Gabays sue LA after it rejects their 577-unit resi project

Arman and Mark Gabay accuse the city of “contributing to state’s housing crisis”

Los Angeles /
Feb.February 21, 2020 11:44 AM
 Developers Mark and Arman Gabay are suing the city for rejecting their 577-unit District Square project in South L.A. (Credit: Department of City Planning via LA Times)
Developers Mark and Arman Gabay are suing the city for rejecting their 577-unit District Square project in South L.A. (Credit: Department of City Planning via LA Times)

Developers Arman and Mark Gabay are suing the city of Los Angeles, saying it has contributed to the state’s housing crisis by rejecting their plan for a massive residential project in South L.A.

The suit the brothers filed alleges the South Los Angeles Area Planning Commission violated the state Housing Accountability Act when it denied their application for the 577-unit District Square development, according to the Los Angeles Times. The suit was filed through District Square LLC.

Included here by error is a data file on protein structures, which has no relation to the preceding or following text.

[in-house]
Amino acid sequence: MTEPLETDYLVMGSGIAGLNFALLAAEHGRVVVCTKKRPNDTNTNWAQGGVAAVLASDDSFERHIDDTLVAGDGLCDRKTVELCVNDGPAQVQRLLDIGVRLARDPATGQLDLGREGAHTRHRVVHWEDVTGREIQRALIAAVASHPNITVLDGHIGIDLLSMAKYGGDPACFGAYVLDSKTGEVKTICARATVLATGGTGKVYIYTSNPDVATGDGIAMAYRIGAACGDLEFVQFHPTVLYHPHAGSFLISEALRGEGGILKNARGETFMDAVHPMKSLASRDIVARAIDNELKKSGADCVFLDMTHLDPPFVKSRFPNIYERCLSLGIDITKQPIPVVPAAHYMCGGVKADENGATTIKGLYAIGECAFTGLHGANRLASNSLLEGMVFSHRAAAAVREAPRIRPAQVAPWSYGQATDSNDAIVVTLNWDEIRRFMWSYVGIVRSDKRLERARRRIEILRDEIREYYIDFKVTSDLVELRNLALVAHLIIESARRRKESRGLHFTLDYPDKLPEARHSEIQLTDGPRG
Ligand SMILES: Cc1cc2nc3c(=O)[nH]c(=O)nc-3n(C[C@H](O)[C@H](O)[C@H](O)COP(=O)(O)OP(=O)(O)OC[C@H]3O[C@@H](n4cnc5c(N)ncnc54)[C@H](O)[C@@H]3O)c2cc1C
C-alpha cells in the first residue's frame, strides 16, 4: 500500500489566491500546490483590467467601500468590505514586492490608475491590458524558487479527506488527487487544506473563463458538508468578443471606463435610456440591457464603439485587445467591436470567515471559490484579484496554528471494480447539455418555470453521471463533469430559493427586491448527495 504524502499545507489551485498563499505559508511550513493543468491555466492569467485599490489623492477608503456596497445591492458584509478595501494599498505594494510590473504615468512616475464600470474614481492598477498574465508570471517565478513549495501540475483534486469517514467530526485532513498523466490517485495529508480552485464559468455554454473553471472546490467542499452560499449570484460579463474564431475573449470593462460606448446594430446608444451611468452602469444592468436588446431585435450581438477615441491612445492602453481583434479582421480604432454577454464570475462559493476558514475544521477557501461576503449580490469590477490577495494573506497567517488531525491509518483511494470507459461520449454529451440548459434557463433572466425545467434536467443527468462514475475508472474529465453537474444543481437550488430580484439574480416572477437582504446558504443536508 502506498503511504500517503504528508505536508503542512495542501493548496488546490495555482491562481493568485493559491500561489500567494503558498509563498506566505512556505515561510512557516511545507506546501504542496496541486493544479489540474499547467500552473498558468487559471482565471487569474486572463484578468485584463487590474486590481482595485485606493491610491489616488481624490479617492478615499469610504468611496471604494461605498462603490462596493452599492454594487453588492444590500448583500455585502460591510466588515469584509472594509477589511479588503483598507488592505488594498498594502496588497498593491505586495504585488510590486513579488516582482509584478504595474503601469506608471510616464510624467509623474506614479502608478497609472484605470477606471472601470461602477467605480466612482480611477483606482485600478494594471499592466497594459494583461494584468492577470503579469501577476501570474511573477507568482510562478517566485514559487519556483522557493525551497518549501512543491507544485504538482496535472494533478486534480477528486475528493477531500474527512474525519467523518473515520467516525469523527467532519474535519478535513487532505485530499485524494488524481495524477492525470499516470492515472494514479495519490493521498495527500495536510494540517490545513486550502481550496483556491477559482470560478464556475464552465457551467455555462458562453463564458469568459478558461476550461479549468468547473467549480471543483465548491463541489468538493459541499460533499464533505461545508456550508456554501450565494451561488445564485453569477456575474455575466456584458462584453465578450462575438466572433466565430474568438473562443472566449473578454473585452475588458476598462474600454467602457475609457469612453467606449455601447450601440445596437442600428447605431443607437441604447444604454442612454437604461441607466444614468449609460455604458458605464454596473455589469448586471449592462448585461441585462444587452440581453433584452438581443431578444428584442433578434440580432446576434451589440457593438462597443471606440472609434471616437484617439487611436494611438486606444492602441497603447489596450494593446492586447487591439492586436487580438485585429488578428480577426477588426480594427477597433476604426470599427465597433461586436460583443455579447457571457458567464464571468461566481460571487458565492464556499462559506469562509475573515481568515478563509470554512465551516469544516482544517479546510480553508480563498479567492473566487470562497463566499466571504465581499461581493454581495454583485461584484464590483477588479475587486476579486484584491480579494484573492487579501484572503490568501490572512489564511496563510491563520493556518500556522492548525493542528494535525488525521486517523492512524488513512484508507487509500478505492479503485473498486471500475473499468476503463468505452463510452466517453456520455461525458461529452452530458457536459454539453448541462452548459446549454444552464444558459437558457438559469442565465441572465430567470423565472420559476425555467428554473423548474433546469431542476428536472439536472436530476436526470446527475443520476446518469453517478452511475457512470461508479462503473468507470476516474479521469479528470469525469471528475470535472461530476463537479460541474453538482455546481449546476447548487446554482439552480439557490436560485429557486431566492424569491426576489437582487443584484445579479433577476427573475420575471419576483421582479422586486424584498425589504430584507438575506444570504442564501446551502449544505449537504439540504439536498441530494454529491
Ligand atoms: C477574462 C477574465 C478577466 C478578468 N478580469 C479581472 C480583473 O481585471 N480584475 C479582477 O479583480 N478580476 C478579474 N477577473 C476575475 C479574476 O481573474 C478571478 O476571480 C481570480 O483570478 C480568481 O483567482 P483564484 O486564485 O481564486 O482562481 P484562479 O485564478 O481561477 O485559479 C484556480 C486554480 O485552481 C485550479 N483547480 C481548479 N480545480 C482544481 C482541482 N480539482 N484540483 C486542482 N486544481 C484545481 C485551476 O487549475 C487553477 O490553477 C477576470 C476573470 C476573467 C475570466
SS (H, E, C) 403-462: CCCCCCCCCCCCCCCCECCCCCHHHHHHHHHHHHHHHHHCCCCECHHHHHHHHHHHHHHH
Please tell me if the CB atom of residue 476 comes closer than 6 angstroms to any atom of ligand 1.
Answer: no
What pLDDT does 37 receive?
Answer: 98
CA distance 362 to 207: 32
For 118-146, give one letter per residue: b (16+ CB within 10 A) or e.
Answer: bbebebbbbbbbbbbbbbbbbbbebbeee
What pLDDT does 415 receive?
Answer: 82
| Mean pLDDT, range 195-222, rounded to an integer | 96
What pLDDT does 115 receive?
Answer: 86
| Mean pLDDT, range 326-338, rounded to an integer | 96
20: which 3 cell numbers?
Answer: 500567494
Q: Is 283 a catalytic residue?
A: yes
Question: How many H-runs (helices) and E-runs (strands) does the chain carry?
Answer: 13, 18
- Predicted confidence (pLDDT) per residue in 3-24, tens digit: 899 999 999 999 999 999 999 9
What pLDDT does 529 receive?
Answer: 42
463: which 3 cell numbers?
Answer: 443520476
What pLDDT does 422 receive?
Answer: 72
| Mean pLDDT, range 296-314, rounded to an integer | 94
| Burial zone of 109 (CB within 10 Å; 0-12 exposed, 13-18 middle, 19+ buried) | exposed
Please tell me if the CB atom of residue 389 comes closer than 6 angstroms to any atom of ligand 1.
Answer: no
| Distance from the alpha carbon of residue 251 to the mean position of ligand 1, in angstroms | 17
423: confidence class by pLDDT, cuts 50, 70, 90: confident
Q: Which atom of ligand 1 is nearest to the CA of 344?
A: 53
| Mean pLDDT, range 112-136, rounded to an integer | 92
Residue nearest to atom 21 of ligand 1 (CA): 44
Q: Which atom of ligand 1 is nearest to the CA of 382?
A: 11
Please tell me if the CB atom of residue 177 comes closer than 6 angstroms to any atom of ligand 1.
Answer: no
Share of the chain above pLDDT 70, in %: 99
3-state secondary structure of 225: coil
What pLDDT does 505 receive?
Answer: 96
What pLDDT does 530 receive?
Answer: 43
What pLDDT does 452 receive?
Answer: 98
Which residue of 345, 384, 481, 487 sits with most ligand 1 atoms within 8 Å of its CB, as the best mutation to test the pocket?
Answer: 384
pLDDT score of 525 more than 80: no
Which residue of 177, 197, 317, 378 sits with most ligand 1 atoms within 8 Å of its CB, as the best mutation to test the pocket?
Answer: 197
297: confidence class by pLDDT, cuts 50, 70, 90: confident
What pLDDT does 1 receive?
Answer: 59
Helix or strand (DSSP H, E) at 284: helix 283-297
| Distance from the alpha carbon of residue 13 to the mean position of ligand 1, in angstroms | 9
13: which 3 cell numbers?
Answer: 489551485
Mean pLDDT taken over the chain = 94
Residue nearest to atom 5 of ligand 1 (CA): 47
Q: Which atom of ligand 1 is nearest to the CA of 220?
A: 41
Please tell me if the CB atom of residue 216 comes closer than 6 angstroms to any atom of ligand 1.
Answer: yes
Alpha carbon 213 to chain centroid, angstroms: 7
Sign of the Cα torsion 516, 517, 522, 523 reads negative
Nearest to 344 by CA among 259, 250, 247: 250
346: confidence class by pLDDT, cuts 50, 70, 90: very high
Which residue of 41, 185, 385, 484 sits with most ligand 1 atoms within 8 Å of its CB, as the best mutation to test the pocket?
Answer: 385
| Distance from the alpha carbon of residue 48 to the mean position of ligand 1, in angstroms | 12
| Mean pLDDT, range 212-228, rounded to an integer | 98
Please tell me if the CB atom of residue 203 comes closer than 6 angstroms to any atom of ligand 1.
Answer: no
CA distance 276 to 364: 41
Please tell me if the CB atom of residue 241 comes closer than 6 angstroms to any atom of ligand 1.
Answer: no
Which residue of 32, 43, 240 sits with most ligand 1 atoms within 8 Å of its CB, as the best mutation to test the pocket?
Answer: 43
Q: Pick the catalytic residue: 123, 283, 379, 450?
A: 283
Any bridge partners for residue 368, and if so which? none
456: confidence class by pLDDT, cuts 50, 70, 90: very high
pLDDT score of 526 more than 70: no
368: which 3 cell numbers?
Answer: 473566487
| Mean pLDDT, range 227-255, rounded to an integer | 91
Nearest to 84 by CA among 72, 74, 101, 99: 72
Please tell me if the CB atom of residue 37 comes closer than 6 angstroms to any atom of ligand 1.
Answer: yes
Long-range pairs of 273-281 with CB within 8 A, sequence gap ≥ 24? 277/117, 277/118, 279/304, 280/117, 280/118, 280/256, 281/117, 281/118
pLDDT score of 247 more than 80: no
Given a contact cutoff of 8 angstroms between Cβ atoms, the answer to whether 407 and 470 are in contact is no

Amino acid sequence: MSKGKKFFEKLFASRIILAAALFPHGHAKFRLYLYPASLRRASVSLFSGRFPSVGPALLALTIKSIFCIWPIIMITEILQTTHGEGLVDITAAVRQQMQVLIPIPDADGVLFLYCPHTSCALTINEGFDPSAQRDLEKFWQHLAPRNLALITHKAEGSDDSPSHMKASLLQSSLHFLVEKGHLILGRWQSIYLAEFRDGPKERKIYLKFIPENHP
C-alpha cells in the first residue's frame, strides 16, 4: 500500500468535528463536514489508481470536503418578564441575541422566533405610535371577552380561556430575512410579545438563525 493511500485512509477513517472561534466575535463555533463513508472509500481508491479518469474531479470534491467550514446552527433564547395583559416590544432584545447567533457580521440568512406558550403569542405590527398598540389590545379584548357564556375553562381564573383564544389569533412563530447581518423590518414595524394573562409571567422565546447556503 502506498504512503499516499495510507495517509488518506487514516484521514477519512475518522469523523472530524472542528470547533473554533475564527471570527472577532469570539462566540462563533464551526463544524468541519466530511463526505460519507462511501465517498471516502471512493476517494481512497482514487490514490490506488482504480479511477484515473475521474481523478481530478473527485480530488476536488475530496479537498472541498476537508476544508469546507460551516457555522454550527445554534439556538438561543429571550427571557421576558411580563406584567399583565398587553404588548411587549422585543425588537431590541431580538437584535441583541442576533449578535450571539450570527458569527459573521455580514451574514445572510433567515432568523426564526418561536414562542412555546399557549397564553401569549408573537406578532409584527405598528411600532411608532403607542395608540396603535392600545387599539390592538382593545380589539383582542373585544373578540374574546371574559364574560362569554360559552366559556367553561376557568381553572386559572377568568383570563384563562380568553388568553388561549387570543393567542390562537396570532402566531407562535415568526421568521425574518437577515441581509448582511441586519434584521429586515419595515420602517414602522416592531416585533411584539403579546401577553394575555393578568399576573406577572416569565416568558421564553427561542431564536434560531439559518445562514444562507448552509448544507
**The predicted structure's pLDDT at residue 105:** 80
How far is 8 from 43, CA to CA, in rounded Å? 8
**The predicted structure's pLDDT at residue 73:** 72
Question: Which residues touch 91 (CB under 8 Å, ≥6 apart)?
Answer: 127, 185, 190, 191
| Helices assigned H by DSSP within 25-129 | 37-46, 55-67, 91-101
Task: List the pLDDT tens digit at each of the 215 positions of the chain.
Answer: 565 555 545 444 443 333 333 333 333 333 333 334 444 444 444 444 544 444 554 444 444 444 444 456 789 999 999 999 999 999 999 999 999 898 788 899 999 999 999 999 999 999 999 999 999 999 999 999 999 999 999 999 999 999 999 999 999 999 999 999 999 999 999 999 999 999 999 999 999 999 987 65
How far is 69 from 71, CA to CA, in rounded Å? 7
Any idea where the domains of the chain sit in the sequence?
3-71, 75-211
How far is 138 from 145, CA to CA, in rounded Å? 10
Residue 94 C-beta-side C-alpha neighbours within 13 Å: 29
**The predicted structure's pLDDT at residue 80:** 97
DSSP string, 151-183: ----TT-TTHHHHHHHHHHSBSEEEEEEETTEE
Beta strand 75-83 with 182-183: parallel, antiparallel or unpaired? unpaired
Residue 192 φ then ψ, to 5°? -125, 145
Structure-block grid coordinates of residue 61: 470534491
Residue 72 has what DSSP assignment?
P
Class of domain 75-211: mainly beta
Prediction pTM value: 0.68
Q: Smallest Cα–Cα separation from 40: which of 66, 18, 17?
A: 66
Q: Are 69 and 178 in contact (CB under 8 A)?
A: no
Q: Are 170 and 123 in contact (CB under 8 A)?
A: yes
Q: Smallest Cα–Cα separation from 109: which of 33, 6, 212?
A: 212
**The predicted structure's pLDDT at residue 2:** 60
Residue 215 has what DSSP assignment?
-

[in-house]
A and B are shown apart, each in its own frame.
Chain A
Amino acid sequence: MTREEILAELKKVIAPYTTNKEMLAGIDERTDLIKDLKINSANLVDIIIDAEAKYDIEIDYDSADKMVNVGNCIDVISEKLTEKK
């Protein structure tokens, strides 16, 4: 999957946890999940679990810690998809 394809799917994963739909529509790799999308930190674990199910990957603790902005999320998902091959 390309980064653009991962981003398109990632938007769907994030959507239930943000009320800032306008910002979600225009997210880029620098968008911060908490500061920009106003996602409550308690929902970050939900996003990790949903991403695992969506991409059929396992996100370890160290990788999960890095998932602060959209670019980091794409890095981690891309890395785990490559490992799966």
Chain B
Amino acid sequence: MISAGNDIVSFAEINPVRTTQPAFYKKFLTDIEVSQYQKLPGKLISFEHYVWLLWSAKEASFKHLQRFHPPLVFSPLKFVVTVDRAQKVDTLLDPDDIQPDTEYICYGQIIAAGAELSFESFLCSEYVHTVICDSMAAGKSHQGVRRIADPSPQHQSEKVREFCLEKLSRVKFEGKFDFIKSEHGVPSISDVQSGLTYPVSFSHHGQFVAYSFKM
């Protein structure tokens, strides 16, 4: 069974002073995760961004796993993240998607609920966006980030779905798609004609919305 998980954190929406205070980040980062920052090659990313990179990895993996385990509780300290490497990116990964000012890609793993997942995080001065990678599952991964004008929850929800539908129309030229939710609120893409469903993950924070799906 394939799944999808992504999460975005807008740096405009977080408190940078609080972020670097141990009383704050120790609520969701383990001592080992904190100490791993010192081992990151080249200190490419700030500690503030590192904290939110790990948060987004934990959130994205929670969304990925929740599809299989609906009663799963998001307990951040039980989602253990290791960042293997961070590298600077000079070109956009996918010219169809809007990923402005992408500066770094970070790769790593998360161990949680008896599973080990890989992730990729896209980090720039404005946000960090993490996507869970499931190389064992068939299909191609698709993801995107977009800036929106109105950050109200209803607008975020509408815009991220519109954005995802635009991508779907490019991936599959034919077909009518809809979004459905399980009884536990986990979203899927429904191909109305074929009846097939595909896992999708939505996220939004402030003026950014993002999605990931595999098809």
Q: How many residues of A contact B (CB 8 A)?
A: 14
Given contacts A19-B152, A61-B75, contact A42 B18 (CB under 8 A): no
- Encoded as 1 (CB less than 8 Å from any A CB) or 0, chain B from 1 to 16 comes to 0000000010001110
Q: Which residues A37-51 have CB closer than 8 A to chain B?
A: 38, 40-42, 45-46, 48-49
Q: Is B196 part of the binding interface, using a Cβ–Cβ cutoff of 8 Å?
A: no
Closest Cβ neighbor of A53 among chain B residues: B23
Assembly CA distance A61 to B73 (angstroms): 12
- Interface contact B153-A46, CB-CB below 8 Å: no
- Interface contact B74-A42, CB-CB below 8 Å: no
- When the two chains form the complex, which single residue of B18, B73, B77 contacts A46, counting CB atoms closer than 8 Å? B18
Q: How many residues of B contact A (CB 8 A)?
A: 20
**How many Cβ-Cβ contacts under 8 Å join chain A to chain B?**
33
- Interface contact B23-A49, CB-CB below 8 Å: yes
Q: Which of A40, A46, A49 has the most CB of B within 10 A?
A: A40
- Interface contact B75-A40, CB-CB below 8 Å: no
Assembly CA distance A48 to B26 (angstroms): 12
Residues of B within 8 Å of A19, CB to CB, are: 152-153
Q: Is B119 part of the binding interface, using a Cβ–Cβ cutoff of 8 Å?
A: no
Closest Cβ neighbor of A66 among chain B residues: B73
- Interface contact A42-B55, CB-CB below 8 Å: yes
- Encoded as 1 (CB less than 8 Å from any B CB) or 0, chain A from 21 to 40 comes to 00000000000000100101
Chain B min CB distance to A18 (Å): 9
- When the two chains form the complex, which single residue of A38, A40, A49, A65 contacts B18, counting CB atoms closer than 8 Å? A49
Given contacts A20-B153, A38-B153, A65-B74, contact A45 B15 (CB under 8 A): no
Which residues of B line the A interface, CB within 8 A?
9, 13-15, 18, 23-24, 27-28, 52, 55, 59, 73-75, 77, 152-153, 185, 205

In November, the five-member commission — appointed by Mayor Eric Garcetti — voted unanimously to reject the project, citing its lack of affordable housing. Commissioners also noted pending federal bribery charges against Arman Gabay.

The move by the commission — which hears appeals of development projects — killed the Gabays’ proposal after it had been approved by the L.A. City Council and the City Planning Commission.

“Indeed, this case presents the paradigmatic example of a local government contributing to this state’s housing crisis by denying a new housing development without consideration of the economic and social costs of its actions,” according to the lawsuit filed this week in Los Angeles Superior Court, the Times reported.

The developers, who often do business under West Hollywood-based Charles Company, first proposed a mostly retail project on Crenshaw and Obama boulevards in 2010. They later revised the plans to build a multi-family project instead.

In May 2018, federal prosecutors charged Arman Gabay with bribing an L.A. County official in exchange for business from county departments. Four months later, a former county official admitted to accepting cash bribes from Gabay in return for helping him secure a multimillion-dollar leasing deal with the county. Gabay has denied the allegations and his case is still pending. [LAT]Tina Daunt


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